Father of Fibre Optics
Narinder Singh Kapany
Father of Fibre Optics
Narinder Singh Kapany Father of Fibre Optics
Art collector, engineer, entrepreneur, farmer, innovator, inventor, philanthropist, and physicist are many of the labels used to describe Dr Narinder Singh Kapany. Yet, he was much more than even being a sum of all these.
Singularly responsible for revolutionising modern communications, lasers, biomedical instrumentation, solar energy, even pollution monitoring, Kapany amassed patents and turned them into riches. He and his wife, Satinder Kaur Kapany, used a significant amount of their wealth to assemble a massive collection of Sikh art, donating much of which to American museums. In 1967, they founded the Sikh Foundation and established a number of academic chairs in California.
His Chicago-born daughter, Kiren, widely known as Kiki, received the Padma Vibhushan, India’s second-highest honour, posthumously on behalf of her father from President Ram Nath Kovind at the Rashtrapati Bhavan, New Delhi, on November 8, 2021. A touching tribute to the man often called “Father of Fibre Optics.”
Moga and Patiala
To know more about him, we go back to pre-partition Punjab, where Narinder was born on October 31, 1927. His father, Sundar Singh, had fought for the Allies against the Germans in the Royal Air Force. His mother, Kundan Kaur, was a Sodhi, and her family lived near Moga.
Let’s look at Narinder, the man, before we go further. His early childhood in Punjab included a bullock cart ride to Sodhiwala village with his mother and brother, jaunts to Patiala and a pilgrimage to Harmandir Sahib in Amritsar.
The initial few years in Patiala left an impact on the young lad. His grandfather Nagina Singh was a Sessions Judge in the Patiala State whose book The Law of Confessions was published in 1916. Kiki says she felt her great-grandfather’s passion for justice ran in her blood and in her pursuit of civil rights – defending the defenceless through law. “My father taught my brother Raj and me to be strong about who we were,” she asserts.
In his recently released autobiography, The Man Who Bent Light: Father of Fibre Optics, Narinder narrates an incident when he went into the Maharaja’s orange grove to steal some fruit at age eight. On the way, they saw a procession of 10 horse-drawn buggies in one of which rode Maharaja Bhupinder Singh. The regal Sikh procession was an image he carried in his mind all these years.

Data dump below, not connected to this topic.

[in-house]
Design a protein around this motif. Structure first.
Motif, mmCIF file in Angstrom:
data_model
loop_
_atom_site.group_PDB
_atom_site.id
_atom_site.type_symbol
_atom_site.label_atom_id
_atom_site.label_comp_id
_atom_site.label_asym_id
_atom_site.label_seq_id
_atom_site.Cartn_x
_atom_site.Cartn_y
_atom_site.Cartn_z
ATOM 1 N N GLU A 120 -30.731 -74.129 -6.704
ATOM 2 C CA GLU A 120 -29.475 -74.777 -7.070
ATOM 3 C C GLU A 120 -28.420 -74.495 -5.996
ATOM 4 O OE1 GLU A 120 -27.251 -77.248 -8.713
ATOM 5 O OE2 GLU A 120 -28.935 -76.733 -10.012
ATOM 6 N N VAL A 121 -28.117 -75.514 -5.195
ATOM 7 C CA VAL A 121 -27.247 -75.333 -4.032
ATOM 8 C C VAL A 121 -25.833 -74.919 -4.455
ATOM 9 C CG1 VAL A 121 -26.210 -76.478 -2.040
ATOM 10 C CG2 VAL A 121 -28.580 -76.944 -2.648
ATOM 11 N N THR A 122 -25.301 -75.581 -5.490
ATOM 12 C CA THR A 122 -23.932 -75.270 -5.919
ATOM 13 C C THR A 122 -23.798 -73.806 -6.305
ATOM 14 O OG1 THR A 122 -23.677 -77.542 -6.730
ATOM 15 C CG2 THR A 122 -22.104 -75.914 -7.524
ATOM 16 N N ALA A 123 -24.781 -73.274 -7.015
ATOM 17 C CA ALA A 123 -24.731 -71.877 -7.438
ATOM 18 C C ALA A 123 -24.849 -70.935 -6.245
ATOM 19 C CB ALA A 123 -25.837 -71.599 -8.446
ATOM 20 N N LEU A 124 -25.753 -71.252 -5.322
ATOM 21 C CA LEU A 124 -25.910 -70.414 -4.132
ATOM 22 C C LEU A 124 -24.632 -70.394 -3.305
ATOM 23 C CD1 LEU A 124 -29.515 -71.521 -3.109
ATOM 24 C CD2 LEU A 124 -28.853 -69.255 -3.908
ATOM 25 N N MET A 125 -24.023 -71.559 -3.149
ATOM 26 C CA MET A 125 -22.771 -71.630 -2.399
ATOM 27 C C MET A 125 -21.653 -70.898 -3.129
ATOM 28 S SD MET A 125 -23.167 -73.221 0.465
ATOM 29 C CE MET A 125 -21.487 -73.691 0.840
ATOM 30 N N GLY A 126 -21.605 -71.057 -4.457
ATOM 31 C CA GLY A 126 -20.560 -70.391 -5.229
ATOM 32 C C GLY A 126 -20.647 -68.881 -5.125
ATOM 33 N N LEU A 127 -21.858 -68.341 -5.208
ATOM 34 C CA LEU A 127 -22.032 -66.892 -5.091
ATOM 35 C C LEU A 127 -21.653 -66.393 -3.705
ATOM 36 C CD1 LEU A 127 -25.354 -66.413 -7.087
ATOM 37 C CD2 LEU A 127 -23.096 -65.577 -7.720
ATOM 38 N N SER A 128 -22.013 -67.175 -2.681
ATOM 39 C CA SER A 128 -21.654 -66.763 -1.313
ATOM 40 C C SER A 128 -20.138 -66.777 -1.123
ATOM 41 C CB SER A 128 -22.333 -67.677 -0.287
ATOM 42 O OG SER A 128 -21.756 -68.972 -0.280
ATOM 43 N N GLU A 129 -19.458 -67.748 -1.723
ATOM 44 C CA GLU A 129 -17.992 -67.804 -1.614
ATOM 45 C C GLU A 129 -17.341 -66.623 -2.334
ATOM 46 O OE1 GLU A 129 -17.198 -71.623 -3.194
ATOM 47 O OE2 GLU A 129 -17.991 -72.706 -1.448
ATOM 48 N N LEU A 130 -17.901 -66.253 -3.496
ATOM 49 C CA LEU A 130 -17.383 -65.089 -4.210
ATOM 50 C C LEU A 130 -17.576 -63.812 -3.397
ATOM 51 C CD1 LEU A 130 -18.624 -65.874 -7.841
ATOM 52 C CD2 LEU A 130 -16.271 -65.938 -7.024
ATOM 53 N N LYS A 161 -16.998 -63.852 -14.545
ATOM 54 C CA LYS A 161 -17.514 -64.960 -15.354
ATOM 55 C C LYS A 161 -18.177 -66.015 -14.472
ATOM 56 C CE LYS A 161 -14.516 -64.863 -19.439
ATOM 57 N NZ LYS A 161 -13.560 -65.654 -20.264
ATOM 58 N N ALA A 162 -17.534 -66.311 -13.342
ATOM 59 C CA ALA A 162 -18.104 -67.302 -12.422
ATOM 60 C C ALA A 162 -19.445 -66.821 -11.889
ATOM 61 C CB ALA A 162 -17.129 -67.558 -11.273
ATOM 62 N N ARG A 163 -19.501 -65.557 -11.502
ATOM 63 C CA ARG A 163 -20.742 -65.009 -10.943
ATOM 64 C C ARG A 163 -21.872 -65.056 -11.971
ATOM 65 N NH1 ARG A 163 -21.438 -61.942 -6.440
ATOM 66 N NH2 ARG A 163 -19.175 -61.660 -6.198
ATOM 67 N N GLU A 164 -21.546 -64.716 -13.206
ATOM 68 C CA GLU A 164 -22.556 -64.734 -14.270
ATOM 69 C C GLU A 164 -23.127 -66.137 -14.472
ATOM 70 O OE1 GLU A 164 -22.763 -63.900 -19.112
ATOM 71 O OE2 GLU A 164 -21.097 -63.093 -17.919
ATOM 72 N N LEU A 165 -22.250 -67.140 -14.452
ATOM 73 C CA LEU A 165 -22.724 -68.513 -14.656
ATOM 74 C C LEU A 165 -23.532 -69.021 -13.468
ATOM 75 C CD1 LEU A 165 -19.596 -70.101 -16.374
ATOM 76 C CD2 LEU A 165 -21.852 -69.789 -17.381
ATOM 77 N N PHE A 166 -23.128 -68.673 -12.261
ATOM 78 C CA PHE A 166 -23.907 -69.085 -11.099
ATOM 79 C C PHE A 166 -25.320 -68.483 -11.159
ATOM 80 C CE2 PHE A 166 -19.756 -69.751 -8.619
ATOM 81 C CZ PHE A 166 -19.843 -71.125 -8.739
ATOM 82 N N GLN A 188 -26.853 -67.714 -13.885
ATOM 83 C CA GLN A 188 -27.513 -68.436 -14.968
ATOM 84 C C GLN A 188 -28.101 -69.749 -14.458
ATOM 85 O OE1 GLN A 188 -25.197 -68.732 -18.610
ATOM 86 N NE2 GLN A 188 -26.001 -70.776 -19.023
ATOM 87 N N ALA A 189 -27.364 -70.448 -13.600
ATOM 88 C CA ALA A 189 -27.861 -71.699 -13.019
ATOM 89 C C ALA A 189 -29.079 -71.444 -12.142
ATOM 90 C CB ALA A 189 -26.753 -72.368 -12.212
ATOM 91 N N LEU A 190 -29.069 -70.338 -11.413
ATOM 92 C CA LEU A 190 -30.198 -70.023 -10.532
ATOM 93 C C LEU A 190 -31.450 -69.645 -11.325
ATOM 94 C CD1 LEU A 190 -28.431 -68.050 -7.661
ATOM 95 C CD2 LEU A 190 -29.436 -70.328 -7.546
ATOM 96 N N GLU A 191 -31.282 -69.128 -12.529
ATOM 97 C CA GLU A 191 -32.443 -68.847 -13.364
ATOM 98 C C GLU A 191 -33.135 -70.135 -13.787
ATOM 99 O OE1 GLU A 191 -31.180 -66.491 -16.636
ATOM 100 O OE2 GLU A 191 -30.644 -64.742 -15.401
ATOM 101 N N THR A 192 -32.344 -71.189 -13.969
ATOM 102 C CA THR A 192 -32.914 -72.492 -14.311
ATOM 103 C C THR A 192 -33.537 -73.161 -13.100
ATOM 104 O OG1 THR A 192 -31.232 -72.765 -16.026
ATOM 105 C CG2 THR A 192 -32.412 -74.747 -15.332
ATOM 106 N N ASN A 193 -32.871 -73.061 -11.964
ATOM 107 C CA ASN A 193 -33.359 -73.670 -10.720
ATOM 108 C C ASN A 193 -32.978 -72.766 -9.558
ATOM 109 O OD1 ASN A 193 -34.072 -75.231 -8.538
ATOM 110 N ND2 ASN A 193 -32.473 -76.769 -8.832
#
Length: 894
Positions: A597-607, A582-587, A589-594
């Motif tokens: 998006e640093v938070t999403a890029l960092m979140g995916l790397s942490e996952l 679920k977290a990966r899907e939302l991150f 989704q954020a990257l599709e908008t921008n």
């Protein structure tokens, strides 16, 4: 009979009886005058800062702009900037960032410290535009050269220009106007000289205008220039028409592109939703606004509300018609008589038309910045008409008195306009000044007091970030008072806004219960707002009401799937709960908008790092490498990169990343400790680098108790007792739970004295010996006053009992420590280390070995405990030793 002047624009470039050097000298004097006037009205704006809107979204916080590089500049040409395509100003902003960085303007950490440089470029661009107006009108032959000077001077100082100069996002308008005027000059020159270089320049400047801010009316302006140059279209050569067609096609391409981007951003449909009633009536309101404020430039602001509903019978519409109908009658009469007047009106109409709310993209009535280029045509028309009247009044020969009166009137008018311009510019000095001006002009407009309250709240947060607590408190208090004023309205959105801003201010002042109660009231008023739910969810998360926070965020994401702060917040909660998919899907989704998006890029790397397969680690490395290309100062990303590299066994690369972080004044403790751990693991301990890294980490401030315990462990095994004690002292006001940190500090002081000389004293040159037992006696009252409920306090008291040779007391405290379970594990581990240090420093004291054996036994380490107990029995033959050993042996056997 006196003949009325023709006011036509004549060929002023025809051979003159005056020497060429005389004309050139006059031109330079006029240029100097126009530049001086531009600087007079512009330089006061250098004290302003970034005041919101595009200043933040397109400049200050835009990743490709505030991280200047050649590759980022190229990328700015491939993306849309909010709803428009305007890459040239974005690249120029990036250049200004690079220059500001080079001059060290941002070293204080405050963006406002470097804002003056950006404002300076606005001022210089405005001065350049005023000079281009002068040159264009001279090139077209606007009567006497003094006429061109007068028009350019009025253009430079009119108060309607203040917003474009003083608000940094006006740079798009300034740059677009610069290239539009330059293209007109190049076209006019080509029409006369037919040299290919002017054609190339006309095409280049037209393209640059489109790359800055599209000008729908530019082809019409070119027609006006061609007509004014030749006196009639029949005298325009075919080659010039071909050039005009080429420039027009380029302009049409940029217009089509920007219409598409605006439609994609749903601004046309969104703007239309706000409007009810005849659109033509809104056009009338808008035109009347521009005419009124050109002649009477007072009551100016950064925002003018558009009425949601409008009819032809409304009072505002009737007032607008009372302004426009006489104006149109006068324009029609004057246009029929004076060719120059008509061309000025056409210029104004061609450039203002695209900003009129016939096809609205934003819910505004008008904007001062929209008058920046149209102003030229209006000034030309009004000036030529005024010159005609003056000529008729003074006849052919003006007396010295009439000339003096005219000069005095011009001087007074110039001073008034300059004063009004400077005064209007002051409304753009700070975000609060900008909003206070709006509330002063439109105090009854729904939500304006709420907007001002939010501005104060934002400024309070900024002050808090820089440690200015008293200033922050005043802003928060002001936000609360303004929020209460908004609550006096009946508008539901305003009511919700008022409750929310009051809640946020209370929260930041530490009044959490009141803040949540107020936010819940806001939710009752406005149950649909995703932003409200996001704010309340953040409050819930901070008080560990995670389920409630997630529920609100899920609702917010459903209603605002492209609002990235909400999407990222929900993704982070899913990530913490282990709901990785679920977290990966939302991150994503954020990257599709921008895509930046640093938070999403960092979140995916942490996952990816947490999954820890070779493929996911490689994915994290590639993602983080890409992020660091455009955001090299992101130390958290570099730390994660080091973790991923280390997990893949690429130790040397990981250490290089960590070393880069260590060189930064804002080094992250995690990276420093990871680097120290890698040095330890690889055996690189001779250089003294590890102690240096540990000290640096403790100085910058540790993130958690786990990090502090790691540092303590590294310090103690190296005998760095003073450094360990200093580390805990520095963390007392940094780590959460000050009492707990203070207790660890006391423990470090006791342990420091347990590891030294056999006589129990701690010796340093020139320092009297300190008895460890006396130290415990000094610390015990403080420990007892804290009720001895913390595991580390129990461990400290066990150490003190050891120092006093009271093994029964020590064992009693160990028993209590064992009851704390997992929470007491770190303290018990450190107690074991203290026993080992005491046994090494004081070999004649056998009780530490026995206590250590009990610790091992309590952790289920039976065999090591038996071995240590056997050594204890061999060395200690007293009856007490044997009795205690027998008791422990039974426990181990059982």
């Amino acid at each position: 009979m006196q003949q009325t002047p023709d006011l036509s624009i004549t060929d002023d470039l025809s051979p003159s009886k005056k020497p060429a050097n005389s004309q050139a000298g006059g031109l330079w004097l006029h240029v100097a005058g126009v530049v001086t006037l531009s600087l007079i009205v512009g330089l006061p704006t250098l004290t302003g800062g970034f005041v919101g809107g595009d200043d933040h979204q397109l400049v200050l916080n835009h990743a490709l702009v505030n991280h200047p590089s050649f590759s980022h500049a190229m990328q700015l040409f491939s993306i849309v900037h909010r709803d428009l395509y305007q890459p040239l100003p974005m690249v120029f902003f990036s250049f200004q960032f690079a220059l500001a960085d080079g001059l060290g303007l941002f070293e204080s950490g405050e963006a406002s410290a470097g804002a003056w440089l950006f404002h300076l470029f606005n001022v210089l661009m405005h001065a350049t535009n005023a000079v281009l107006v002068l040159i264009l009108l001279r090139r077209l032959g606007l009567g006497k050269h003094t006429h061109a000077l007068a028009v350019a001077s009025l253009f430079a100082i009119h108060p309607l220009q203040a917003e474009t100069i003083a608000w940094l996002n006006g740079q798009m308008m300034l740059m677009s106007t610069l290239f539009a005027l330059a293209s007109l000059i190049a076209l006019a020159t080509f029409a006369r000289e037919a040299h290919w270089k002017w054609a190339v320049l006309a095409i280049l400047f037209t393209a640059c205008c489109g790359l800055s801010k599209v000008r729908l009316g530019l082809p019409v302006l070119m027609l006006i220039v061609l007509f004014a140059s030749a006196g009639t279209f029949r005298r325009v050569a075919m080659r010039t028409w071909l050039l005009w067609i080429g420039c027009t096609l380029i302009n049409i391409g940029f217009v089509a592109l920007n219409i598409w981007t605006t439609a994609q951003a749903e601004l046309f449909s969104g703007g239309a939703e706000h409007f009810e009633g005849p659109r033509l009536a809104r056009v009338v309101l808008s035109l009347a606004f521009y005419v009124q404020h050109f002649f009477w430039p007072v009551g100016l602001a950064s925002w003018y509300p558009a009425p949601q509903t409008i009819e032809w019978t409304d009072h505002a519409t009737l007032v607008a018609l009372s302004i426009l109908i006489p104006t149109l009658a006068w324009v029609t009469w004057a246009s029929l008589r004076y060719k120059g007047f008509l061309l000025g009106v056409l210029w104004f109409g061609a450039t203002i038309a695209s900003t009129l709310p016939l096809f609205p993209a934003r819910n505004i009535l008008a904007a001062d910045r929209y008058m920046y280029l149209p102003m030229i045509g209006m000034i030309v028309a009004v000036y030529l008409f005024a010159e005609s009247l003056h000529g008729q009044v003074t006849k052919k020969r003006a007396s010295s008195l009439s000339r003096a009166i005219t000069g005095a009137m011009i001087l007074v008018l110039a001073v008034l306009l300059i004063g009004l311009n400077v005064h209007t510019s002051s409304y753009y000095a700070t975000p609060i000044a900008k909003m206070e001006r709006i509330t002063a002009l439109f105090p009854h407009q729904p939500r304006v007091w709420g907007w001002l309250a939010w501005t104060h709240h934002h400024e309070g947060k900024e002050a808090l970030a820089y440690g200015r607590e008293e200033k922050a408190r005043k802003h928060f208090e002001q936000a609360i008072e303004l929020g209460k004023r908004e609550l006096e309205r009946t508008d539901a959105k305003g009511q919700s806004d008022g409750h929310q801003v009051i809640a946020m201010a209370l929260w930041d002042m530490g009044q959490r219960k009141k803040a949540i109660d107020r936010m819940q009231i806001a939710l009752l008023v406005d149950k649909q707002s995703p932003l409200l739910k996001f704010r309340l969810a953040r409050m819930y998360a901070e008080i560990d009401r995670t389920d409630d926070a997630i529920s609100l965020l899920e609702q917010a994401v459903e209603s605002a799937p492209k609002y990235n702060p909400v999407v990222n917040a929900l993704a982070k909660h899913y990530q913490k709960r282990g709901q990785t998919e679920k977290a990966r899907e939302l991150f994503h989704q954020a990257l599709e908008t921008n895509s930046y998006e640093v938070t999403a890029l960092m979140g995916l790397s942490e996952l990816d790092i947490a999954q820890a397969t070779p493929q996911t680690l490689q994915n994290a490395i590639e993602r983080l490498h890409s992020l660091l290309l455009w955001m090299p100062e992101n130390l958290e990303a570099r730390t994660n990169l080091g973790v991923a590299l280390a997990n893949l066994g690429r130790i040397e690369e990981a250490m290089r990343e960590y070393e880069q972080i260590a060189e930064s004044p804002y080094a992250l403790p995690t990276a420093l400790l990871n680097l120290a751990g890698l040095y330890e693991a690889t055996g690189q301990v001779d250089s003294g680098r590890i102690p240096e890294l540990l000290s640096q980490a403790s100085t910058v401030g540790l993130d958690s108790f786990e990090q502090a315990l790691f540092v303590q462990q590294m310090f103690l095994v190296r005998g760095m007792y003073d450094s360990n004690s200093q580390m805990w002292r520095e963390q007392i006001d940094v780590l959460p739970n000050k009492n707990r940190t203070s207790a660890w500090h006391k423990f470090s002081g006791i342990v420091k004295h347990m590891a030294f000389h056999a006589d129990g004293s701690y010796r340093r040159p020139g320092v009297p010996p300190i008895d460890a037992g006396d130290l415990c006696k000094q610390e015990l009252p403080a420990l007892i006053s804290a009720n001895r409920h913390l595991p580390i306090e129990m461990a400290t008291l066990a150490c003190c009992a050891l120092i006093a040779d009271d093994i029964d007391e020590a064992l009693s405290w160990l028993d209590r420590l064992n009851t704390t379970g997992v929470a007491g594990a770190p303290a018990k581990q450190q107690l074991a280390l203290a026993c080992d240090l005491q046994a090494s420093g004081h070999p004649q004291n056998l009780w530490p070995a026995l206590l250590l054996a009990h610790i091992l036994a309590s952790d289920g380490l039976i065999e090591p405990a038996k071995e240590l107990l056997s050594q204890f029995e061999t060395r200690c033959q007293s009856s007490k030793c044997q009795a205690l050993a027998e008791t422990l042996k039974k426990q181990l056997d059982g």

Listening to grandmother
From Kiki, we have the recollection of how her father and her mother, Satinder, would throw grand parties for well-known entrepreneurs, venture capitalists and CEO’s when they moved to the Silicon Valley, California, in which Raj and she would serve the drinks and the appetisers. “I have this image vivid in my mind of him standing with his turban, proud as a Sikh in a country that had a few Indians at the time. He had very little cultural support. I never felt one ounce of discrimination in America, he would say.” Not that there wasn’t there, but that he did not allow himself to feel it.
Janamsakhi episodes, narrated by his grandmother, Manji, were Narinder’s early childhood memory. She brought alive the hagiographic accounts to her audience, which comprised ladies her age. The source of these accounts was a two-volume 200-year-old manuscript commissioned by an ancestor who was the head of Takht Sri Patna Sahib.
He would listen to the Janamsakhi stories narrated by his grandmother. They left a lasting impact on his mind, as did the illuminations of the manuscripts. When Narinder’s father gifted him the originals, they were the stars of what became the famous Kapany Collection of Sikh art.
Trauma of Partition
Dehradun was the primary family home. In 1947 at Dehradun, he faced a mob that came to his house searching for Muslim servants. The young Narinder stood up to them to defend his home and the staff. He succeeded. However, the next day he and his friend saw the horrific scene of 15 schoolgirls slain and then laid out in front of their school. The trauma of Partition had stuck a young lad far away from what had become a bloody international border.
Yet the rhythm of life continued, as did studies, for a person who was an indifferent student. However, when his teacher categorically asserted that “Light can only travel in a straight line,” the young Narinder felt the need to challenge this theory. This triggered a change, and he became a focused student, which brought about tangible results as better grades.
Raipur to London
The ordinance factory at Raipur was the next stop, where he learnt to work with his hands under the benign guidance of his mentor. This would prove invaluable in transforming what would have been theoretical observations into practical applications, something that brought him fame and fortune.
Imperial College in London proved to be a fertile ground for the young Narinder’s mind to blossom as a scientist. He was a graduate student and earned his PhD from the college in 1955. In the first 10 years, notes Jeff Hecht in his book City of Light, Narinder “was the lead author or co-author of 56 scientific papers — an astounding 30 per cent of all research published in the field during that decade. He wrote the first book on fibre optics, and, in a 1960 cover article he wrote for Scientific American, even coined the term itself.”